The answer to Mississippi’s epidemic rates of heart disease and strokes could be near at hand swimming in the Gulf of Mexico. Researchers from the Gulf Coast Research Laboratory have discovered that Gulf fish are high in levels of Omega-3 oils that help protect against heart attacks and other types of inflammatory diseases.
Dr. Julia Lytle and her husband, Dr. Thomas Lytle, did groundbreaking research in the late 1990s that showed Gulf fish across the board contain Omega-3 fatty acids protective against diseases. The information was published in scientific journals, but the public has remained largely unaware of it even as the Omega-3 health benefits of cold water fish like salmon have been touted widely.
“So many people I have talked to who are educated and well read have said, ‘We thought we had to eat salmon to get our Omega-3s,’” Julia Lytle said. “That is what has been popularized since the original studies were done looking at the Eskimo diets that showed Eskimos had no heart disease or other inflammatory diseases.”
The Lytle’s research has proven warm water fish from the Gulf have similar health benefits. And recently the couple, both now retired from the research lab, have received a grant to publicize their findings. Approximately 20,000 copies of a brochure on the topic have been printed for distribution at welcome centers, fish markets, libraries, hospitals and other outlets. The brochure is available online at http://www.usm.edu/gcrl/omega-3/omega-3brochure.pdf/.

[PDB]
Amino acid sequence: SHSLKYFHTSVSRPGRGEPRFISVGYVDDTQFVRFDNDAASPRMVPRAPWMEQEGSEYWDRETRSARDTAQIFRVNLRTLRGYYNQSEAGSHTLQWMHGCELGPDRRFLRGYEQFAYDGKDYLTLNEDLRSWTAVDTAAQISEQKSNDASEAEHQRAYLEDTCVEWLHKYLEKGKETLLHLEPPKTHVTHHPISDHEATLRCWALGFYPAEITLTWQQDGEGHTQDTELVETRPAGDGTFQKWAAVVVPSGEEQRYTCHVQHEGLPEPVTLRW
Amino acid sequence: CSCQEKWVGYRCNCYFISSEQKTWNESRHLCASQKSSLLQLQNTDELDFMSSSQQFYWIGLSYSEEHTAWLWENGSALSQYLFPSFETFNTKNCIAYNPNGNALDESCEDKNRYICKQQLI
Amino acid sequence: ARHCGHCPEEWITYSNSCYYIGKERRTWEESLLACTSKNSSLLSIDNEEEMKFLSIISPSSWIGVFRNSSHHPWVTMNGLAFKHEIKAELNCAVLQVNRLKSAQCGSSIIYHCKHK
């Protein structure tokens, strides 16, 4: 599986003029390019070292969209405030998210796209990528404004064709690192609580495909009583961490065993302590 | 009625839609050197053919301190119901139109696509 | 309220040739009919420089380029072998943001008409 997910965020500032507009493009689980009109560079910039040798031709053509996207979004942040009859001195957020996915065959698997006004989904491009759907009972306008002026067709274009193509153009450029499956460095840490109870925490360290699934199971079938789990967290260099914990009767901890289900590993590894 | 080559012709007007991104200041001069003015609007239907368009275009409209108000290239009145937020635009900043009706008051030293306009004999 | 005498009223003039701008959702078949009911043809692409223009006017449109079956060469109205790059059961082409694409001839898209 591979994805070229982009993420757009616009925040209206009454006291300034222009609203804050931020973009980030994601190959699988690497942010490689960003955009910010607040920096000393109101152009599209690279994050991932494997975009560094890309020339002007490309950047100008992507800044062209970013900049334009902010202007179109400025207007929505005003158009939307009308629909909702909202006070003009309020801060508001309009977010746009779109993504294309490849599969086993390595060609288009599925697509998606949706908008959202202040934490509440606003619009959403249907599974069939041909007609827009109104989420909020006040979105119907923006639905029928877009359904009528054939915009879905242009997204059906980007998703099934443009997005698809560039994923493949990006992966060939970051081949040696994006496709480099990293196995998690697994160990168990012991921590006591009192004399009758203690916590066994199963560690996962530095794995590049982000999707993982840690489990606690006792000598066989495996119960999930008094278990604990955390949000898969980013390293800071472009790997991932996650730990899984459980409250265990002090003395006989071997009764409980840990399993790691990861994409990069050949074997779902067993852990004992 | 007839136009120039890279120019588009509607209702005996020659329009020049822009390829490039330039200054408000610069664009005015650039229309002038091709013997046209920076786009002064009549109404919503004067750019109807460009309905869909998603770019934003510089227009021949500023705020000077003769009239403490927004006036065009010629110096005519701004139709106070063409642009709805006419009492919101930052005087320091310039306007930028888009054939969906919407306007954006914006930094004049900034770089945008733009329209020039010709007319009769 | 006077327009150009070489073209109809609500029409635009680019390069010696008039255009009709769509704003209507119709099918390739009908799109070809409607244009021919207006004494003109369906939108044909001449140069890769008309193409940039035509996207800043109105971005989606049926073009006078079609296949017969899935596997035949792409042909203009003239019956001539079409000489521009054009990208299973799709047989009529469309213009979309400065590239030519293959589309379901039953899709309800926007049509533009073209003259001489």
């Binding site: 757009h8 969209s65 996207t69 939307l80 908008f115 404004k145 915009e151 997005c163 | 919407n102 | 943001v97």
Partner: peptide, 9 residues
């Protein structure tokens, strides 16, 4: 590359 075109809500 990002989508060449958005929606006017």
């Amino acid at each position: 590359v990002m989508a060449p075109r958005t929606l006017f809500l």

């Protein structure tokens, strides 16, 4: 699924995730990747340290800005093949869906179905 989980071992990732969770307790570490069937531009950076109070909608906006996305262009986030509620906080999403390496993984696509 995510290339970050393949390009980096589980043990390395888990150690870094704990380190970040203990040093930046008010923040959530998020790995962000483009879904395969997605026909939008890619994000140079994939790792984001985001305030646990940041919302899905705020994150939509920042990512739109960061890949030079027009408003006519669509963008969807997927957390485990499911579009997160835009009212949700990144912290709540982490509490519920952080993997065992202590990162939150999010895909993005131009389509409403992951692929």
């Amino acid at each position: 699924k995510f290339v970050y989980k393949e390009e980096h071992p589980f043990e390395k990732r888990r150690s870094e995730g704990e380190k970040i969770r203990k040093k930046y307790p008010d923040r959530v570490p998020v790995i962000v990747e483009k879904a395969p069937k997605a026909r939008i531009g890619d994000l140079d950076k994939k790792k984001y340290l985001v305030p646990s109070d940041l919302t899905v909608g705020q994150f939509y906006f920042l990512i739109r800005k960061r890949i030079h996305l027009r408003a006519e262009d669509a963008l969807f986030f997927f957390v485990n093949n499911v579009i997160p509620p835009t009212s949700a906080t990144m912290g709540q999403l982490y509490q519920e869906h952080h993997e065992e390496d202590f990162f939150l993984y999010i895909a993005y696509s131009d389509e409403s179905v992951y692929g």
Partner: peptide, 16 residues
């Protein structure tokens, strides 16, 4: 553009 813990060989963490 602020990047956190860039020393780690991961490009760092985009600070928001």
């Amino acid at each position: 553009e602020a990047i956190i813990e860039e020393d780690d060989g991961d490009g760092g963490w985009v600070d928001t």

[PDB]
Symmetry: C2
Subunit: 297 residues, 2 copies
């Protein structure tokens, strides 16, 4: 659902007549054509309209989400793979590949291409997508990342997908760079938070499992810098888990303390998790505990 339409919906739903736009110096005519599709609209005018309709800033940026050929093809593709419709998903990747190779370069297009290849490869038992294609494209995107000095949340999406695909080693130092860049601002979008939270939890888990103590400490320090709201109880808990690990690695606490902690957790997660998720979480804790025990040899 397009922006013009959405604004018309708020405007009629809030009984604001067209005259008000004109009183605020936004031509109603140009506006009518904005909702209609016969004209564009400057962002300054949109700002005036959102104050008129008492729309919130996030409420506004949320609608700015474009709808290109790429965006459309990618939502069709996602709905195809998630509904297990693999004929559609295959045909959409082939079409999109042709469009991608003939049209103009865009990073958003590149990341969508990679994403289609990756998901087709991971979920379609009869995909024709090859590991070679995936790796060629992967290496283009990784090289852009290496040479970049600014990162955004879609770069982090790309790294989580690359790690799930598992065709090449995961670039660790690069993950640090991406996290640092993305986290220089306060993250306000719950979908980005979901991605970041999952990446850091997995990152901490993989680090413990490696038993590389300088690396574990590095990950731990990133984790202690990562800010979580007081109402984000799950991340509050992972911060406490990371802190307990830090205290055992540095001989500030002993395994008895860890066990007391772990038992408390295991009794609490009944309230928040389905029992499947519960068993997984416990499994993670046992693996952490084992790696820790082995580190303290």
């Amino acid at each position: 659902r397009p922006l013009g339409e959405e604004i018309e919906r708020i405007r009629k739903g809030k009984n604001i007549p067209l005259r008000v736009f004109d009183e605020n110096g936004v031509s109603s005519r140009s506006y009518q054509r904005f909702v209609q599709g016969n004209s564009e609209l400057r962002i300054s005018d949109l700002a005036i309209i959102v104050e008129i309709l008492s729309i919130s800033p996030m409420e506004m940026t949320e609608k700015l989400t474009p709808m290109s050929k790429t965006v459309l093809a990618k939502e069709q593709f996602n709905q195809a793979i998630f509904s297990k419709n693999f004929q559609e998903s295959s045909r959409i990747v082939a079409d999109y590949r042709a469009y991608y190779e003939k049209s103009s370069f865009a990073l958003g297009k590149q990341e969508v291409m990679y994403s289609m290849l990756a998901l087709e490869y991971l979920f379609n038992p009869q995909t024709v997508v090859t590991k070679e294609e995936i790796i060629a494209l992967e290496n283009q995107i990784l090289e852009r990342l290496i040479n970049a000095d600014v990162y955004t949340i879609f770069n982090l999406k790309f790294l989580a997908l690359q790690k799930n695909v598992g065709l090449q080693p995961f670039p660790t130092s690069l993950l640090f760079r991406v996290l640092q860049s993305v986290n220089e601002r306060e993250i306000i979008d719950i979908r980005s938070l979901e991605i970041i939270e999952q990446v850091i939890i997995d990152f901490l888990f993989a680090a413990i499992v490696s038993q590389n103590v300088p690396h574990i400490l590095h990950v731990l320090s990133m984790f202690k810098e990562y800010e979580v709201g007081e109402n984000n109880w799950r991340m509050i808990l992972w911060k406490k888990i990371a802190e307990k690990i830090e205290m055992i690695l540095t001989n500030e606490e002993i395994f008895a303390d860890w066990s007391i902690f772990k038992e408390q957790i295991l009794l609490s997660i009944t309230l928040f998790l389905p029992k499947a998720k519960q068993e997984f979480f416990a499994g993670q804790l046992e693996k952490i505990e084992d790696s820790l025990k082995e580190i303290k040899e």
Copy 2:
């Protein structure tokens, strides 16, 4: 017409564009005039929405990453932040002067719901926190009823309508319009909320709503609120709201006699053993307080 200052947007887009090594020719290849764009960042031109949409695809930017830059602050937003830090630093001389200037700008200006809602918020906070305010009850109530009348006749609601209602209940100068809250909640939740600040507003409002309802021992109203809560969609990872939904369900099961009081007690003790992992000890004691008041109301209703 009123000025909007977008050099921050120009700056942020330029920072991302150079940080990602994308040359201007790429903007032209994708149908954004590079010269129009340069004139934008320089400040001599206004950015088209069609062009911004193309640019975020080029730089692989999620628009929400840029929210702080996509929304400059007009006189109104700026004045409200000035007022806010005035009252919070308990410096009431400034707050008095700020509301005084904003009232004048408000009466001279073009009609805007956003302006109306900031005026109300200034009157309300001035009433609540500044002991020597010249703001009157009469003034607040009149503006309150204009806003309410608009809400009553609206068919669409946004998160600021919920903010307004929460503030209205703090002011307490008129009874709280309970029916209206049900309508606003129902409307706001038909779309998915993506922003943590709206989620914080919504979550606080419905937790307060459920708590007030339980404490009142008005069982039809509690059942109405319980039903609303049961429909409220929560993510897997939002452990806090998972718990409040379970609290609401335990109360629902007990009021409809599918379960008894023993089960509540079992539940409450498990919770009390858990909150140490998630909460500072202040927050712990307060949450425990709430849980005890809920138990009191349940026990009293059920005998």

Many of the most common killers in the U.S are caused by inflammation. Omega-3s are important because they are anti inflammatory.
“At our back door, we have fish right here that we now know contain Omega-3 fats,” Lytle said. “We really get excited about it because it does impact everybody’s health. With Mississippi having one of the highest levels of many of these diseases, it is great news about how you can manage your health by changing your diet and including Gulf fish.”
The Lytle’s work looked systematically at fish through the Gulf of Mexico, 60 different species including those that are popular food sources and those that aren’t. They looked at different sizes, sexes and ages of fish. And the findings were firm — all of the Gulf fish have significant levels of Omega-3.
“From early 1970s on until the 1990s, everything would read, ‘It is important to get Omega-3 in your diets by eating coldwater fish such as salmon,’” Lytle said. “That advice continued without really testing to see whether fish from warm waters had Omega-3s. The net result of our research was that all Gulf fish contain Omega-3 fats. We had papers in scientific journals at the time, but it doesn’t get down to the grass roots if that is all you do. The Coastal Impact Assistance Program awarded us a grant to get the information out to the people in a way that people could understand, so they knew warm water fish were healthy and have important consequences.”